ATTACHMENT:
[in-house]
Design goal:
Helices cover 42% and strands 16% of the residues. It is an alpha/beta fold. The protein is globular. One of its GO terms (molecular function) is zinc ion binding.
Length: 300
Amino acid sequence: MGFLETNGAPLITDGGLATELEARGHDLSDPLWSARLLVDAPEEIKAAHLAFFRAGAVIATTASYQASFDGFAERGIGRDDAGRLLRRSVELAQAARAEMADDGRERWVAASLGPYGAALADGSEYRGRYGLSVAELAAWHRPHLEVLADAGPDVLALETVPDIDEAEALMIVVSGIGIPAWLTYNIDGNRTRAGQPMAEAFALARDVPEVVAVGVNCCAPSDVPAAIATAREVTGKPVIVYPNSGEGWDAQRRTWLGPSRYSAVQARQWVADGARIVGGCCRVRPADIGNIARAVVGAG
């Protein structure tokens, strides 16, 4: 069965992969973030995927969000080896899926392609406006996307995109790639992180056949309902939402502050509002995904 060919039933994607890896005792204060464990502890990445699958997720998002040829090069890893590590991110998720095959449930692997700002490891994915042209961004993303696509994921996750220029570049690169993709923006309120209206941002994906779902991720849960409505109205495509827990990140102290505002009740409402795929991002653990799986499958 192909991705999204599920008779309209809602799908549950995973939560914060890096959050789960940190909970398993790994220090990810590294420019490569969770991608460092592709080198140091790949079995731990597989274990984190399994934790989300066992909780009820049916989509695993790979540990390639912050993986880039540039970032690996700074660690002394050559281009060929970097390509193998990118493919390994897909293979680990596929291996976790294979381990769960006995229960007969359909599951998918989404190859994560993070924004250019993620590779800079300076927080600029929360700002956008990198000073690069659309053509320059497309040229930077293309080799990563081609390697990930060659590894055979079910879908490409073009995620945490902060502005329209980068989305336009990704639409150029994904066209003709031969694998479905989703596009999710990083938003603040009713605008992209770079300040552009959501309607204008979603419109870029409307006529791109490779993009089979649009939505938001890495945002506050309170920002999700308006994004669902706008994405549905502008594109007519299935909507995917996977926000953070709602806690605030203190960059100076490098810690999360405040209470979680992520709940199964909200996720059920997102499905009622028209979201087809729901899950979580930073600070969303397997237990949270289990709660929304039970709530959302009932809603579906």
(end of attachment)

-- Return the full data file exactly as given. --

[in-house]
Design goal:
Helices cover 42% and strands 16% of the residues. It is an alpha/beta fold. The protein is globular. One of its GO terms (molecular function) is zinc ion binding.
Length: 300
Amino acid sequence: MGFLETNGAPLITDGGLATELEARGHDLSDPLWSARLLVDAPEEIKAAHLAFFRAGAVIATTASYQASFDGFAERGIGRDDAGRLLRRSVELAQAARAEMADDGRERWVAASLGPYGAALADGSEYRGRYGLSVAELAAWHRPHLEVLADAGPDVLALETVPDIDEAEALMIVVSGIGIPAWLTYNIDGNRTRAGQPMAEAFALARDVPEVVAVGVNCCAPSDVPAAIATAREVTGKPVIVYPNSGEGWDAQRRTWLGPSRYSAVQARQWVADGARIVGGCCRVRPADIGNIARAVVGAG
């Protein structure tokens, strides 16, 4: 069965992969973030995927969000080896899926392609406006996307995109790639992180056949309902939402502050509002995904 060919039933994607890896005792204060464990502890990445699958997720998002040829090069890893590590991110998720095959449930692997700002490891994915042209961004993303696509994921996750220029570049690169993709923006309120209206941002994906779902991720849960409505109205495509827990990140102290505002009740409402795929991002653990799986499958 192909991705999204599920008779309209809602799908549950995973939560914060890096959050789960940190909970398993790994220090990810590294420019490569969770991608460092592709080198140091790949079995731990597989274990984190399994934790989300066992909780009820049916989509695993790979540990390639912050993986880039540039970032690996700074660690002394050559281009060929970097390509193998990118493919390994897909293979680990596929291996976790294979381990769960006995229960007969359909599951998918989404190859994560993070924004250019993620590779800079300076927080600029929360700002956008990198000073690069659309053509320059497309040229930077293309080799990563081609390697990930060659590894055979079910879908490409073009995620945490902060502005329209980068989305336009990704639409150029994904066209003709031969694998479905989703596009999710990083938003603040009713605008992209770079300040552009959501309607204008979603419109870029409307006529791109490779993009089979649009939505938001890495945002506050309170920002999700308006994004669902706008994405549905502008594109007519299935909507995917996977926000953070709602806690605030203190960059100076490098810690999360405040209470979680992520709940199964909200996720059920997102499905009622028209979201087809729901899950979580930073600070969303397997237990949270289990709660929304039970709530959302009932809603579906």